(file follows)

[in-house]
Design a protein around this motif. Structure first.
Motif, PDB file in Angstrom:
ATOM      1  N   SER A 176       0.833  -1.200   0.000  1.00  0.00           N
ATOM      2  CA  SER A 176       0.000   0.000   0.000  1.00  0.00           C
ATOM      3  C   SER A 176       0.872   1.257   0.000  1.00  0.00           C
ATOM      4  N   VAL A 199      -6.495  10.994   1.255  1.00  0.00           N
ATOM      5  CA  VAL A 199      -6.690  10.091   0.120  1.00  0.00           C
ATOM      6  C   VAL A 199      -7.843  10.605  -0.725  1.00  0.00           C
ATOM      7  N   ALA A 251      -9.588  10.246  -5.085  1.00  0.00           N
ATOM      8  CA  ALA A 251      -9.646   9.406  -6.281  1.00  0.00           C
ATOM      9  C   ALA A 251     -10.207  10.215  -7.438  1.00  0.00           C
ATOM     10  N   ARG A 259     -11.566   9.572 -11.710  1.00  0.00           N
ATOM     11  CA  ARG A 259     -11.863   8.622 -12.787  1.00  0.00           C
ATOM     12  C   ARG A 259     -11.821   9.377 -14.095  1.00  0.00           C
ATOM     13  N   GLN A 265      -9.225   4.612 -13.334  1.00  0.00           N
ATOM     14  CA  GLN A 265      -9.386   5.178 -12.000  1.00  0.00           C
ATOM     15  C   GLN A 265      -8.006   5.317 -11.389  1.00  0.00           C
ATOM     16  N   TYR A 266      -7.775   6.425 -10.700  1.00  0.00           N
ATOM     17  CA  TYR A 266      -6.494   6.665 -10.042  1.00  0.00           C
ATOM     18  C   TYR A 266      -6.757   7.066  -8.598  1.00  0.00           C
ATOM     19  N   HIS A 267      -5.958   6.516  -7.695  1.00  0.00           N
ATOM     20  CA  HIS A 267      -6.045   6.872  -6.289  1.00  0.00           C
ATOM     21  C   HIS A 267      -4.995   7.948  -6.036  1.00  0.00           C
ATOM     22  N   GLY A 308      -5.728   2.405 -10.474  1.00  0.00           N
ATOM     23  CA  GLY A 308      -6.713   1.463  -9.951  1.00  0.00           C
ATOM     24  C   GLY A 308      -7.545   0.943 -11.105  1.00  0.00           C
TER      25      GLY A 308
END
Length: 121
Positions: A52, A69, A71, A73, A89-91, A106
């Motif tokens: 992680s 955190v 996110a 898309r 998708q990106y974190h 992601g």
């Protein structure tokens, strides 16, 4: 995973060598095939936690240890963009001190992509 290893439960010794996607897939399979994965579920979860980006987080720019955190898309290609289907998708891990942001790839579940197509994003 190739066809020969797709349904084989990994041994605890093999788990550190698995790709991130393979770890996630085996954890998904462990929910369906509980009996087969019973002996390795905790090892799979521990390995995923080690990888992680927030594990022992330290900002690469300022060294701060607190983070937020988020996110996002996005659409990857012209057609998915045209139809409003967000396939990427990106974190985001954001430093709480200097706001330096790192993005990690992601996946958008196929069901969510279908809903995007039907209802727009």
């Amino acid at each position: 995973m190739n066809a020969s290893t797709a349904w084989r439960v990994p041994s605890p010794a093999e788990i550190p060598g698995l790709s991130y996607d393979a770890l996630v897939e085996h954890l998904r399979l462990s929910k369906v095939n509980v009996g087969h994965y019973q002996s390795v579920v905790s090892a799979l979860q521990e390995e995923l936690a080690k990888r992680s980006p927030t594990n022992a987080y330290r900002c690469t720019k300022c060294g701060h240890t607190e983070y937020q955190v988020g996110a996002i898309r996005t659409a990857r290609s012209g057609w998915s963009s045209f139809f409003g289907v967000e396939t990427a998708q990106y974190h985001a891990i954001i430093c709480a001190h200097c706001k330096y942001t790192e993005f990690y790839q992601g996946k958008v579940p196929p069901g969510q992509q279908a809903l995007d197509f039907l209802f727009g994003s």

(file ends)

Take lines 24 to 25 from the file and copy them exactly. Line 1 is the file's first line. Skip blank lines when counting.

ATOM     21  C   HIS A 267      -4.995   7.948  -6.036  1.00  0.00           C
ATOM     22  N   GLY A 308      -5.728   2.405 -10.474  1.00  0.00           N